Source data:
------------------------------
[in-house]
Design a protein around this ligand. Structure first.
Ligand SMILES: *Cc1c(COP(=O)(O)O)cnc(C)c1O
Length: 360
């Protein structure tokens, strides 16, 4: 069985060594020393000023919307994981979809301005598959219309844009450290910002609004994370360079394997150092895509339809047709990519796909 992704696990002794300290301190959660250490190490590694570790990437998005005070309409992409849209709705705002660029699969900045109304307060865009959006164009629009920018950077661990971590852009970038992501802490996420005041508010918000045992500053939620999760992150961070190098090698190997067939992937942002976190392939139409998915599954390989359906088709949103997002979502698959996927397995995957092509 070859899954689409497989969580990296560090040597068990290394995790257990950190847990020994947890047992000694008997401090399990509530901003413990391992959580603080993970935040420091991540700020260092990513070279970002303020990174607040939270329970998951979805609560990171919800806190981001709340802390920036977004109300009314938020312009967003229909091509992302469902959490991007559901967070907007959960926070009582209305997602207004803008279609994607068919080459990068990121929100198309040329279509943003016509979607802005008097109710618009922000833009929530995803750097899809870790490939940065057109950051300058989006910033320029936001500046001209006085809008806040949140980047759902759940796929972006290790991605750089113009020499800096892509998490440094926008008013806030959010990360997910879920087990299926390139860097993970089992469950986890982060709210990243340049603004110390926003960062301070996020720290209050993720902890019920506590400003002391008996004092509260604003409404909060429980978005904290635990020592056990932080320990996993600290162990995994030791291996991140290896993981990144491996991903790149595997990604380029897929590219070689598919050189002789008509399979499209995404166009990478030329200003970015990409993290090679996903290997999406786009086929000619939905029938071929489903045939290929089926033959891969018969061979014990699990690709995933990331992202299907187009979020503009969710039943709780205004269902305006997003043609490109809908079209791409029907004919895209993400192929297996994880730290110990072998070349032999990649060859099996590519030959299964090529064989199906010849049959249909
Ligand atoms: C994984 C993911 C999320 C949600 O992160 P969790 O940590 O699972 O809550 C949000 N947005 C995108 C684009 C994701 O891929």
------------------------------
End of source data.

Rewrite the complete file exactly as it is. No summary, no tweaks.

[in-house]
Design a protein around this ligand. Structure first.
Ligand SMILES: *Cc1c(COP(=O)(O)O)cnc(C)c1O
Length: 360
């Protein structure tokens, strides 16, 4: 069985060594020393000023919307994981979809301005598959219309844009450290910002609004994370360079394997150092895509339809047709990519796909 992704696990002794300290301190959660250490190490590694570790990437998005005070309409992409849209709705705002660029699969900045109304307060865009959006164009629009920018950077661990971590852009970038992501802490996420005041508010918000045992500053939620999760992150961070190098090698190997067939992937942002976190392939139409998915599954390989359906088709949103997002979502698959996927397995995957092509 070859899954689409497989969580990296560090040597068990290394995790257990950190847990020994947890047992000694008997401090399990509530901003413990391992959580603080993970935040420091991540700020260092990513070279970002303020990174607040939270329970998951979805609560990171919800806190981001709340802390920036977004109300009314938020312009967003229909091509992302469902959490991007559901967070907007959960926070009582209305997602207004803008279609994607068919080459990068990121929100198309040329279509943003016509979607802005008097109710618009922000833009929530995803750097899809870790490939940065057109950051300058989006910033320029936001500046001209006085809008806040949140980047759902759940796929972006290790991605750089113009020499800096892509998490440094926008008013806030959010990360997910879920087990299926390139860097993970089992469950986890982060709210990243340049603004110390926003960062301070996020720290209050993720902890019920506590400003002391008996004092509260604003409404909060429980978005904290635990020592056990932080320990996993600290162990995994030791291996991140290896993981990144491996991903790149595997990604380029897929590219070689598919050189002789008509399979499209995404166009990478030329200003970015990409993290090679996903290997999406786009086929000619939905029938071929489903045939290929089926033959891969018969061979014990699990690709995933990331992202299907187009979020503009969710039943709780205004269902305006997003043609490109809908079209791409029907004919895209993400192929297996994880730290110990072998070349032999990649060859099996590519030959299964090529064989199906010849049959249909
Ligand atoms: C994984 C993911 C999320 C949600 O992160 P969790 O940590 O699972 O809550 C949000 N947005 C995108 C684009 C994701 O891929």